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I’ve recently acquired one of those cute little bamboo coffee cups that you can re-use over and over again, and at the end of its life it composts down, apart from the rubber lid. It’s much nicer to drink from than a plastic or metal re-usable container or indeed the single use paper cups it’s intended to replace. It’s getting a lot of use, as I’m on the road a lot visiting clients’ gardens and after a couple of hours on site it’s safer for all concerned if I get my caffeine hit. It made me think just how many of the single use cups I used to get through – many of us have only recently realised that these can’t be recycled because of the thin inner layer of plastic.
Most of us need more blue in our gardens. This mayseem an odd thing to say but I suspect if you bear this in mind the next time you’re surveying your own garden or indeed someone else's, you might be inclined to agree with me. Pinks and reds, yellows and oranges are inclined to dominate for much of the year and including enough blue to keep a good visual balance can be a challenge. There was a fashion a few years ago for painting anything that didn’t grow in the garden blue, from fences to sheds to benches, and in fact I took it up enthusiastically myself. It can get a little jarring in winter though, so you’re probably better off to stick to subtle greens and neutrals for the furniture and fencing and let the plants add the colour.
A flower – speckled meadow is a beautiful sight and I’m often asked to include one in garden designs. I’m always happy to oblige, for a number of reasons.
With a nationwide hosepipe ban recently announced, we need to be very selective about how and when we use water in the garden. Even if it rains soon, it will take weeks if not months for reservoir levels to get back to normal and at the time of writing the ban is expected to be in place until at least the end of July. Right now gardens have to contend with unprecedentedly high temperatures, drying winds and plants and trees in full leaf – all things that make them need water more than ever. Garden lovers have difficult decisions to make – which areas need water the most - as there simply isn’t enough to go around. You may be able to eke out supplies by re-using “grey” water, and here are a few tips to help you use any water to best advantage:
As a weather-obsessed nation we’ve certainly got lots to talk about this year, but personally, I feel sorry for the plants. Our gardens have had to contend with the greatest snowfall in living memory, and now pretty much sub – Saharan conditions, all within the space of three months. If your lawn’s going brown, don’t worry – when the rain comes, as it surely will, the grass will recover and green up fairly quickly.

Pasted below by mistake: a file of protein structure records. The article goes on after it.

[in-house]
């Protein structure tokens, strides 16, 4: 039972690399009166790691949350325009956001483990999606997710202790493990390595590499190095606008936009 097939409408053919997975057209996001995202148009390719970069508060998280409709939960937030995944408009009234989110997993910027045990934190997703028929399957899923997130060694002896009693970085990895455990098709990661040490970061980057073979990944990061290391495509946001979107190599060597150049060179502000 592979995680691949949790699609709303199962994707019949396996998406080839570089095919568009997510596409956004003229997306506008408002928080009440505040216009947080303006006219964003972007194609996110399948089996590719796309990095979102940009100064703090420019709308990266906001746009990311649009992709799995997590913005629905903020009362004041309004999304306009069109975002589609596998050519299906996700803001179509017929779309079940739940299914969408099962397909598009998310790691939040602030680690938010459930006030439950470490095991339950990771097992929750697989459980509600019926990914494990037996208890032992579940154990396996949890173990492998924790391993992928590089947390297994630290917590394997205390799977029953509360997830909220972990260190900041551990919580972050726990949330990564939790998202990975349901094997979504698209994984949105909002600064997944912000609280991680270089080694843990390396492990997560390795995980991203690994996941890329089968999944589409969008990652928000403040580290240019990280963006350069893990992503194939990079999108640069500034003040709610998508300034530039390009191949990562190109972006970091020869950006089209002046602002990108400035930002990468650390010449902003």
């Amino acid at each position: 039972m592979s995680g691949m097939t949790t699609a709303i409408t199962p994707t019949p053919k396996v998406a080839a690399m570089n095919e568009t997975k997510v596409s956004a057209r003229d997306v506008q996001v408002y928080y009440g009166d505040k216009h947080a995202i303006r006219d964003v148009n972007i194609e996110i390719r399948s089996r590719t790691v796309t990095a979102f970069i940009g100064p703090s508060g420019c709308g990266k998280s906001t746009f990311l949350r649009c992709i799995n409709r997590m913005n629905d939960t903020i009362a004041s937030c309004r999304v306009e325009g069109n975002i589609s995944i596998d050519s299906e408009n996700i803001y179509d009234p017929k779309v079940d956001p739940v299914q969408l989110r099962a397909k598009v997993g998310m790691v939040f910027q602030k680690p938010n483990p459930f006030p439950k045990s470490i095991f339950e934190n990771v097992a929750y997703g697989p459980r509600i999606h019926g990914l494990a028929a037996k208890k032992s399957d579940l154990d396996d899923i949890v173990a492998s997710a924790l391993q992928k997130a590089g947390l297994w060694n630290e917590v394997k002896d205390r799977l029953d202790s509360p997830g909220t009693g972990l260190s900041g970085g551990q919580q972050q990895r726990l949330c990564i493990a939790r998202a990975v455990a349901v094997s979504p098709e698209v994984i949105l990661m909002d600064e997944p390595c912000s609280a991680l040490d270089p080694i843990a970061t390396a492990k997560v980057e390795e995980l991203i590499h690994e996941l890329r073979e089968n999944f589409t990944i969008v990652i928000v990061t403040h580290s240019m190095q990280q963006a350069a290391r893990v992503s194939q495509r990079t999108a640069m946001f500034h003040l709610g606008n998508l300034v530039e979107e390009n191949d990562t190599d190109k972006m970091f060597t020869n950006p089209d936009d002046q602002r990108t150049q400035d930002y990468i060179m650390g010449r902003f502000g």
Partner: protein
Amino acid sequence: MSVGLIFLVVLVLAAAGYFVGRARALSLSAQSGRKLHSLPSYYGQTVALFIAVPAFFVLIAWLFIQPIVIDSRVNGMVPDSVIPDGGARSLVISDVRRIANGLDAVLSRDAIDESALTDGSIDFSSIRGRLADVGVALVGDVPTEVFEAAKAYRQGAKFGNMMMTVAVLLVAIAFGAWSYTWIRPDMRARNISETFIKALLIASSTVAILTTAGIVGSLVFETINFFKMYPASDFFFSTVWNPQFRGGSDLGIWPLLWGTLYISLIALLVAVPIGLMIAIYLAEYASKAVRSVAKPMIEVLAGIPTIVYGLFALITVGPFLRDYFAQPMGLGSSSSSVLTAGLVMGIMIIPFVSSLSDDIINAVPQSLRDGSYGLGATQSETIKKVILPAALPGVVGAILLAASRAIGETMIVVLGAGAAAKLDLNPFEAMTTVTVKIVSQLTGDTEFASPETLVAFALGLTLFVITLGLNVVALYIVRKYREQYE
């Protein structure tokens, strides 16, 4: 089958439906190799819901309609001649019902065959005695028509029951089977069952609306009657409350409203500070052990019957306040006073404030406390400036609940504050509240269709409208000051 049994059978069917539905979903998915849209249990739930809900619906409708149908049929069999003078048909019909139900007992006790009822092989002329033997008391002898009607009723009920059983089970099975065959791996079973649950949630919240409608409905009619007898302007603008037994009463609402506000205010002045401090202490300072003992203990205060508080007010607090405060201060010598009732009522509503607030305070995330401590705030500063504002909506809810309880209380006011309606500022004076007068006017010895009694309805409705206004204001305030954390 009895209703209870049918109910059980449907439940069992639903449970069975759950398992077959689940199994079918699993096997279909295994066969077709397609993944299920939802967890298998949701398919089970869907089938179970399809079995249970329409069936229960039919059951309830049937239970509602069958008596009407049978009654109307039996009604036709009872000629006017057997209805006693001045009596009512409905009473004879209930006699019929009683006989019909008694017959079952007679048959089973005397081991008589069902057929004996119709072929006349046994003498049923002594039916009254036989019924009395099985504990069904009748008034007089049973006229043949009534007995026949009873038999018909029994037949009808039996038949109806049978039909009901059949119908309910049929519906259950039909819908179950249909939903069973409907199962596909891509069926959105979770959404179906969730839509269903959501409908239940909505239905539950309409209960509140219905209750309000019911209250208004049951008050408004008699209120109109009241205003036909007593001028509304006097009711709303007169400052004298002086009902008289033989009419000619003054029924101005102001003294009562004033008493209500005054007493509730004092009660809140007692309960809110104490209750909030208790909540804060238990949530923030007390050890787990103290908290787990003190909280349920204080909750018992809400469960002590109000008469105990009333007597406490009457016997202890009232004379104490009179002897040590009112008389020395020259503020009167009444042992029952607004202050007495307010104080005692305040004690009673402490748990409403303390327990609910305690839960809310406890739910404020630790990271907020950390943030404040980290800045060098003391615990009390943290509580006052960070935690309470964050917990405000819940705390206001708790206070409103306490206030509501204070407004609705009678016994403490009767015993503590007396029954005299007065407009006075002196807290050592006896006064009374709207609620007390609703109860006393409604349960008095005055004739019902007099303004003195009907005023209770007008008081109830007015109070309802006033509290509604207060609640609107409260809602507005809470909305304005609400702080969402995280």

Well, you can’t, in my opinion. Bench seating is one of the most versatile ways to rest your weary bones in the garden and every garden, no matter how small, has room for at least one.
As the evenings lengthen towards the summer solstice I hope you have been able to enjoy some time outside in the garden. This is the time of year when your garden furniture comes into its own so if yours is tired or past its best it might be time to think about investing in some new pieces. As a firm believer in the benefits of sitting down and enjoying the garden as much as possible, I look upon outdoor furniture as one of the most valuable investments in your garden, and it’s often overlooked in favour of hard landscaping and plants when planning your space. This is why I always include advice on the best furniture as an integral part of a garden design.
If you’re tempted to give roses a try after reading last week’s Gardenwise, or indeed to expand your collection if you’re already a rose grower, it might be useful to talk about the different kinds of rose plant you’ll find available if you visit your local garden centre. I really do believe that there’s a rose for every garden and would hate to be without them. One of my favourite things in summer is to cut a few blooms for the house, often plonking them informally into a jam jar or drinking glass and leaving them where I can inhale their heavenly scent.
My garden design clients are often nervous about growing roses in their gardens as there’s a perception that they take a lot of maintenance and “you have to spray them a lot”. This is really not so. Certainly if you want a really, really low maintenance garden, there’s a host of other shrubs you can use to give you structure, colour and interest all year round. To get the best from roses, an occasional prune and feed does make a difference – although those are easier to do than you might think.
A visit to your local garden centre at this time of year is a lovely way to spend a Saturday afternoon – or indeed any other day of the week, when you may find it less crowded! You will be spoiled for choice as this is when the selection of summer bedding plants is at its very best, and if you buy your plants at a garden centre rather than a supermarket, you will find qualified staff on hand to help and advise you, so you can choose the plants that suit your needs best and get advice on how to plant and care for them too.